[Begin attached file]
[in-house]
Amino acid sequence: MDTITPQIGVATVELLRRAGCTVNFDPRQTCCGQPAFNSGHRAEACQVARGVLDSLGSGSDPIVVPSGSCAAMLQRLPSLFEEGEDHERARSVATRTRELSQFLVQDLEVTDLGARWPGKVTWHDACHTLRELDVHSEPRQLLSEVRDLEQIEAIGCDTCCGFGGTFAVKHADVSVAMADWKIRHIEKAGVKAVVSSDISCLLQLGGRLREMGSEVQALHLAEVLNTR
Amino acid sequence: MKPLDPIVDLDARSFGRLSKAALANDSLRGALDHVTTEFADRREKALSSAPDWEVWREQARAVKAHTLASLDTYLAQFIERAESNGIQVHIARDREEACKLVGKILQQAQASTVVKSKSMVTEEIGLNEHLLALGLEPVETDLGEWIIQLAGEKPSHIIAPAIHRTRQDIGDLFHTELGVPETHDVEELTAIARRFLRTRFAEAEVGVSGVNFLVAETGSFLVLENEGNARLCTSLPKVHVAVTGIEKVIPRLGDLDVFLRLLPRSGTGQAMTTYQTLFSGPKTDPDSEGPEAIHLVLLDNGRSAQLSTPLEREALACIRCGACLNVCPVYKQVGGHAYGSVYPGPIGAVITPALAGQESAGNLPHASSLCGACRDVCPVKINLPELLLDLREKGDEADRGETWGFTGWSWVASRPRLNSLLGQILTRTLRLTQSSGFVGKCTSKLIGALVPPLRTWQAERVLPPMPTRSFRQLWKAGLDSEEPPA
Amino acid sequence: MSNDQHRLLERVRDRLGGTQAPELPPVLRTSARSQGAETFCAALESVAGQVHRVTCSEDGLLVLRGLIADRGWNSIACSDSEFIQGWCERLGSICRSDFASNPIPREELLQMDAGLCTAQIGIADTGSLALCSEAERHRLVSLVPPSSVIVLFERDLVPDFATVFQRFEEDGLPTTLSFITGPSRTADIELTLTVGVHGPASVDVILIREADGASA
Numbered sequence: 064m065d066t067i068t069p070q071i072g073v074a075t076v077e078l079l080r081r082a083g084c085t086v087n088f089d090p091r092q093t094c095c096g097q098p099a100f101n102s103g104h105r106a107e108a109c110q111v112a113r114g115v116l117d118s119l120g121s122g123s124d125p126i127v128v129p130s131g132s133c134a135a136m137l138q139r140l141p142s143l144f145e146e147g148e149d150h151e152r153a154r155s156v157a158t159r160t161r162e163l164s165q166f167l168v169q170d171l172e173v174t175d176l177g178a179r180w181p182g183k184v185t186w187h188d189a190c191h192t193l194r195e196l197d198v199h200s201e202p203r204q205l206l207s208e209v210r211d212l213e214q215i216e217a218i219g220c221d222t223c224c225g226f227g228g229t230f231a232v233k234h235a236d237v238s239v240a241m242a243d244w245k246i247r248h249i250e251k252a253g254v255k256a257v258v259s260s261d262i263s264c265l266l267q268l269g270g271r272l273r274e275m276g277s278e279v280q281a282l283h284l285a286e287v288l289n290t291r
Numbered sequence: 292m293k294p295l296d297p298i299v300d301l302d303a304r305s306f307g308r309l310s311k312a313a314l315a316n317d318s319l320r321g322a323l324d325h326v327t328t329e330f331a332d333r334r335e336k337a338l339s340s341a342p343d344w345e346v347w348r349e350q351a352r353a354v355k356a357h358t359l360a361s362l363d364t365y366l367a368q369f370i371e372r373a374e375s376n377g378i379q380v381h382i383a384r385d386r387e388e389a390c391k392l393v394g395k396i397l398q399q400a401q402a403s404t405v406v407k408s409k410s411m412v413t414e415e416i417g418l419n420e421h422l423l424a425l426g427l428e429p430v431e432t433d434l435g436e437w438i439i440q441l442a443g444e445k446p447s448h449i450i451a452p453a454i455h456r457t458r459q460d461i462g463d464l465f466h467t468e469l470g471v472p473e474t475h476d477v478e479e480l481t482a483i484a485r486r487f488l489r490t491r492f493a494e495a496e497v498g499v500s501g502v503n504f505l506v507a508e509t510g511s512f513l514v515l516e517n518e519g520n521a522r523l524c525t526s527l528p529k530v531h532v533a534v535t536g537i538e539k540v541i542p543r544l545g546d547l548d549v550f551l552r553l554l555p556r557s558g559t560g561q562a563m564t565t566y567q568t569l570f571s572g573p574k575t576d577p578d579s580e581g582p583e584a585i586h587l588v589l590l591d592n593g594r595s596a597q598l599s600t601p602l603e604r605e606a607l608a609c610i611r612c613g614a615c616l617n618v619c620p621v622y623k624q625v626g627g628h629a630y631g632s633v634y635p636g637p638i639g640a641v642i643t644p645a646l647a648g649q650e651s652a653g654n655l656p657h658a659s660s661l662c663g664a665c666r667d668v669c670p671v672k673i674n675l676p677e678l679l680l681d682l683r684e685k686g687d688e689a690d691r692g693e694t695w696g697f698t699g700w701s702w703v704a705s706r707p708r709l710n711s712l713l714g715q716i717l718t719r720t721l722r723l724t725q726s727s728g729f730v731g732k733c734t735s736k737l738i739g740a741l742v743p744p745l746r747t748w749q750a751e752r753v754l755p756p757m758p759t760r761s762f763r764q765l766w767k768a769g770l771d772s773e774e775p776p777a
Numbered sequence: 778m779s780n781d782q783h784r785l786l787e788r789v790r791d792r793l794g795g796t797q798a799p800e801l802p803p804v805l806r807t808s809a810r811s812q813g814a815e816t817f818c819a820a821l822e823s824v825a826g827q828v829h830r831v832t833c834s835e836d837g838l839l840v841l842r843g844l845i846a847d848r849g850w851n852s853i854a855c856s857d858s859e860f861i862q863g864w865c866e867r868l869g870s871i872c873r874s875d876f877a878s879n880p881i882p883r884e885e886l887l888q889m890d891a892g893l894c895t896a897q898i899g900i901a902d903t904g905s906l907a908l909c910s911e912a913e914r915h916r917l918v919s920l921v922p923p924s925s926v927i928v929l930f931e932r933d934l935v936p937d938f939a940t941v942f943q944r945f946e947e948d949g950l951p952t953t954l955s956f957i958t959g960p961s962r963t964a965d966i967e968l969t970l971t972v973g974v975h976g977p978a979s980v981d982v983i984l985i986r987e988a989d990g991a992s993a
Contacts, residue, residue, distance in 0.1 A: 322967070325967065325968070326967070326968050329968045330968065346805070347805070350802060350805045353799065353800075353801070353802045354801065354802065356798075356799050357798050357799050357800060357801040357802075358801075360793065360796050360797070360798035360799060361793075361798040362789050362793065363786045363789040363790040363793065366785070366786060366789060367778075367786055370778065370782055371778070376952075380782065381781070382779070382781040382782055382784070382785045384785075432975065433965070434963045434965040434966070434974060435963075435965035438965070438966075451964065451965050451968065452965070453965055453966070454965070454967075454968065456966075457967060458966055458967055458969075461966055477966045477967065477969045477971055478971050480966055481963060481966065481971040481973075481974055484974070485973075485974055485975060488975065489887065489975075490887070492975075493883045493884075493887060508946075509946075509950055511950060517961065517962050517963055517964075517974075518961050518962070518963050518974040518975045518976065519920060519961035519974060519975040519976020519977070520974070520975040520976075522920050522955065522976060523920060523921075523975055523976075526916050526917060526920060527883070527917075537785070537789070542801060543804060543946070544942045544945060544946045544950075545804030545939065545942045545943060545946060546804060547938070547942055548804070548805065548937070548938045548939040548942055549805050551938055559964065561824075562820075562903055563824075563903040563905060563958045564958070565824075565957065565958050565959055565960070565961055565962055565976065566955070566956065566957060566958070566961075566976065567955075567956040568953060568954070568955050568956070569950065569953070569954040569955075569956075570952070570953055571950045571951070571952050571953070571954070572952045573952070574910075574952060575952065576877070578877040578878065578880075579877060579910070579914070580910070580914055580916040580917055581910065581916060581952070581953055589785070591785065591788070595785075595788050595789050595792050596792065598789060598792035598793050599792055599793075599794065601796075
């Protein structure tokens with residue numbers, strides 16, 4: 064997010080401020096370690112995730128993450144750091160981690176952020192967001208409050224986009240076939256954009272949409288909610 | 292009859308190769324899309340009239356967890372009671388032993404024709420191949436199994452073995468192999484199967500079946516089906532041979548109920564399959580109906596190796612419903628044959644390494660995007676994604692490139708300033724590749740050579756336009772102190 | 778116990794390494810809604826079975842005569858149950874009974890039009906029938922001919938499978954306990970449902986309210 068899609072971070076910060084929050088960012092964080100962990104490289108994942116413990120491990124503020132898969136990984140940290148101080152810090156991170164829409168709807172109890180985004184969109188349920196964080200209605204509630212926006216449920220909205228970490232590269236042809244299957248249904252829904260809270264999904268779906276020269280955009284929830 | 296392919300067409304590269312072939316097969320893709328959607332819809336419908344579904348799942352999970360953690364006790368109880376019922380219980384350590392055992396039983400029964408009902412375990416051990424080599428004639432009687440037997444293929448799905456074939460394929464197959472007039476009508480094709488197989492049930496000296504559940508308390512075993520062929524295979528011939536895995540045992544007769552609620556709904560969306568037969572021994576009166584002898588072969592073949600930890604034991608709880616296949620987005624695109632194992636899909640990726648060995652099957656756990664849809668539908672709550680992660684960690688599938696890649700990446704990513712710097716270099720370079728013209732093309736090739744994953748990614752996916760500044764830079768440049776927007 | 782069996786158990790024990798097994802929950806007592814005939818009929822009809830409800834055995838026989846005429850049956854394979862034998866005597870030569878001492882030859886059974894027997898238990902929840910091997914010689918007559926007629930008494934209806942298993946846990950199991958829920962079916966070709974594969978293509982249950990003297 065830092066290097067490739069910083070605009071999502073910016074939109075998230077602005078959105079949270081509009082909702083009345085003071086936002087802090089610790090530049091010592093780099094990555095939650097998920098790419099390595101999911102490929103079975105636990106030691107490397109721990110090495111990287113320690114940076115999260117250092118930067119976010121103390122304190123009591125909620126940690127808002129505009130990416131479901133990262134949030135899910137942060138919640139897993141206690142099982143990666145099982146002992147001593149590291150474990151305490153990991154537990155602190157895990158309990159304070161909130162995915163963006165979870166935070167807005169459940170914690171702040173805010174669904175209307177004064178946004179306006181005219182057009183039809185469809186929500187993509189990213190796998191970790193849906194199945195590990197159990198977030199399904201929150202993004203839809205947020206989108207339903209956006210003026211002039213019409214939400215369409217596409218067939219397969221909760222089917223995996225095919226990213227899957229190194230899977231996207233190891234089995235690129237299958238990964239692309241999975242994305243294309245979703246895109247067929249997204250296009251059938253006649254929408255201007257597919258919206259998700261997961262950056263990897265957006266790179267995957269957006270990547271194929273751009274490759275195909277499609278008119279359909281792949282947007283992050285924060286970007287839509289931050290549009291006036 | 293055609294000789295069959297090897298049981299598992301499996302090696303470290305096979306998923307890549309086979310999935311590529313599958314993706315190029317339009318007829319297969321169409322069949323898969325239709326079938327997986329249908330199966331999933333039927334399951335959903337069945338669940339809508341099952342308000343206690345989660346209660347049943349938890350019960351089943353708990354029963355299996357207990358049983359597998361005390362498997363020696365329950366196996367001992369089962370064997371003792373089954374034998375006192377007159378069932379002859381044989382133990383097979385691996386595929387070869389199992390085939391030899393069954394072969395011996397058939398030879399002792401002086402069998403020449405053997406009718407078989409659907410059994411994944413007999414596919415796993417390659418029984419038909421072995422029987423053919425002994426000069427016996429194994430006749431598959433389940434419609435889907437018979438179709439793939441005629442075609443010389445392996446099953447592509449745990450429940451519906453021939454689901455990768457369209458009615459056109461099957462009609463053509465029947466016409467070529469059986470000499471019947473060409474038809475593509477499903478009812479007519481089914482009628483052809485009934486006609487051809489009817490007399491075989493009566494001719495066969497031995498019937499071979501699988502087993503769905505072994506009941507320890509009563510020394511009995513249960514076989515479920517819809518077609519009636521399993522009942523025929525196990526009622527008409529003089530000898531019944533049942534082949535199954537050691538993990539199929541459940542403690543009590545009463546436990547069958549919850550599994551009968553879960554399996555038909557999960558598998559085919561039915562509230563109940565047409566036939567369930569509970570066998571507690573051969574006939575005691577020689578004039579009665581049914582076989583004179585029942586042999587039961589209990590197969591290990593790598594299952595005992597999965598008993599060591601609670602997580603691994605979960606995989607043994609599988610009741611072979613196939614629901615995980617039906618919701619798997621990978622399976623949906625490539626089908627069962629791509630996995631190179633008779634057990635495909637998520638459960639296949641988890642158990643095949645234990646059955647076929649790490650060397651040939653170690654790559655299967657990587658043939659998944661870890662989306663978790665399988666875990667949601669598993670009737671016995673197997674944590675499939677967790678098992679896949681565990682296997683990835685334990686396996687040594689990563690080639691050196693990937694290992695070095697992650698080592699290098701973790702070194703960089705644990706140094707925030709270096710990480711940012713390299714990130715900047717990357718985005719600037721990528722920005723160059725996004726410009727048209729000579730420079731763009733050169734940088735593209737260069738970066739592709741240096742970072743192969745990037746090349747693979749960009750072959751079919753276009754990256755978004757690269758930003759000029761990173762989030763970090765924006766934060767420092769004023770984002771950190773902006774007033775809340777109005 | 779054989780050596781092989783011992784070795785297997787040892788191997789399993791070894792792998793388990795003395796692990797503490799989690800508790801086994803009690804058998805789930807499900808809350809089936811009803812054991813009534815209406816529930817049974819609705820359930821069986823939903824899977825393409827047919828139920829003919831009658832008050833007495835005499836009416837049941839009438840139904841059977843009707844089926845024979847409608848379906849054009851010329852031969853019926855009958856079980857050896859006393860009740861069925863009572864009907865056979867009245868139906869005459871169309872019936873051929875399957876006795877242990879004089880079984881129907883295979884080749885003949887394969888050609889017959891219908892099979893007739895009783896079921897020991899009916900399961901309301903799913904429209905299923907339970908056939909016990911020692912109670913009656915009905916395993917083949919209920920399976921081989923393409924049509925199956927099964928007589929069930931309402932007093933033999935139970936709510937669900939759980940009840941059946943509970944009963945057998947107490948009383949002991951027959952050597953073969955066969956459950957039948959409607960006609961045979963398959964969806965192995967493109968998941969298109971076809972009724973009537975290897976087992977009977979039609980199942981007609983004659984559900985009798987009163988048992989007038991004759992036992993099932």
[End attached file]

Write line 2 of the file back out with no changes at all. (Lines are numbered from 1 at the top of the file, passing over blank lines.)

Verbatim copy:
Amino acid sequence: MDTITPQIGVATVELLRRAGCTVNFDPRQTCCGQPAFNSGHRAEACQVARGVLDSLGSGSDPIVVPSGSCAAMLQRLPSLFEEGEDHERARSVATRTRELSQFLVQDLEVTDLGARWPGKVTWHDACHTLRELDVHSEPRQLLSEVRDLEQIEAIGCDTCCGFGGTFAVKHADVSVAMADWKIRHIEKAGVKAVVSSDISCLLQLGGRLREMGSEVQALHLAEVLNTR